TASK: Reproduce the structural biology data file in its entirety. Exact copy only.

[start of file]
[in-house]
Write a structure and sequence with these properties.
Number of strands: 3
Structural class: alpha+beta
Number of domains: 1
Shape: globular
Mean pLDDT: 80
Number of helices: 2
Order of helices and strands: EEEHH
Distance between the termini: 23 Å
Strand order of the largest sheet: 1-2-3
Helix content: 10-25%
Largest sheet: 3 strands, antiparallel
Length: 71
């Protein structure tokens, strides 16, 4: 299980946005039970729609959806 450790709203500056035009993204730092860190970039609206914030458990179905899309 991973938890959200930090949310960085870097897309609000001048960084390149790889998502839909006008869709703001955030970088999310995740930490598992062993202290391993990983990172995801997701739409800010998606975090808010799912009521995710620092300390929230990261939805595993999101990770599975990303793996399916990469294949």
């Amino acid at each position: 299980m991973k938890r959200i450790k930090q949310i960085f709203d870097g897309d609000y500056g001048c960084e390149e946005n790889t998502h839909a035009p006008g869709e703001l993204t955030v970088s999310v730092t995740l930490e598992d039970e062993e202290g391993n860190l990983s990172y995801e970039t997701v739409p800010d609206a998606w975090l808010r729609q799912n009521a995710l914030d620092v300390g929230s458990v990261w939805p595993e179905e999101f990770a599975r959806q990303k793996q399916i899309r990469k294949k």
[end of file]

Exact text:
[in-house]
Write a structure and sequence with these properties.
Number of strands: 3
Structural class: alpha+beta
Number of domains: 1
Shape: globular
Mean pLDDT: 80
Number of helices: 2
Order of helices and strands: EEEHH
Distance between the termini: 23 Å
Strand order of the largest sheet: 1-2-3
Helix content: 10-25%
Largest sheet: 3 strands, antiparallel
Length: 71
């Protein structure tokens, strides 16, 4: 299980946005039970729609959806 450790709203500056035009993204730092860190970039609206914030458990179905899309 991973938890959200930090949310960085870097897309609000001048960084390149790889998502839909006008869709703001955030970088999310995740930490598992062993202290391993990983990172995801997701739409800010998606975090808010799912009521995710620092300390929230990261939805595993999101990770599975990303793996399916990469294949």
């Amino acid at each position: 299980m991973k938890r959200i450790k930090q949310i960085f709203d870097g897309d609000y500056g001048c960084e390149e946005n790889t998502h839909a035009p006008g869709e703001l993204t955030v970088s999310v730092t995740l930490e598992d039970e062993e202290g391993n860190l990983s990172y995801e970039t997701v739409p800010d609206a998606w975090l808010r729609q799912n009521a995710l914030d620092v300390g929230s458990v990261w939805p595993e179905e999101f990770a599975r959806q990303k793996q399916i899309r990469k294949k």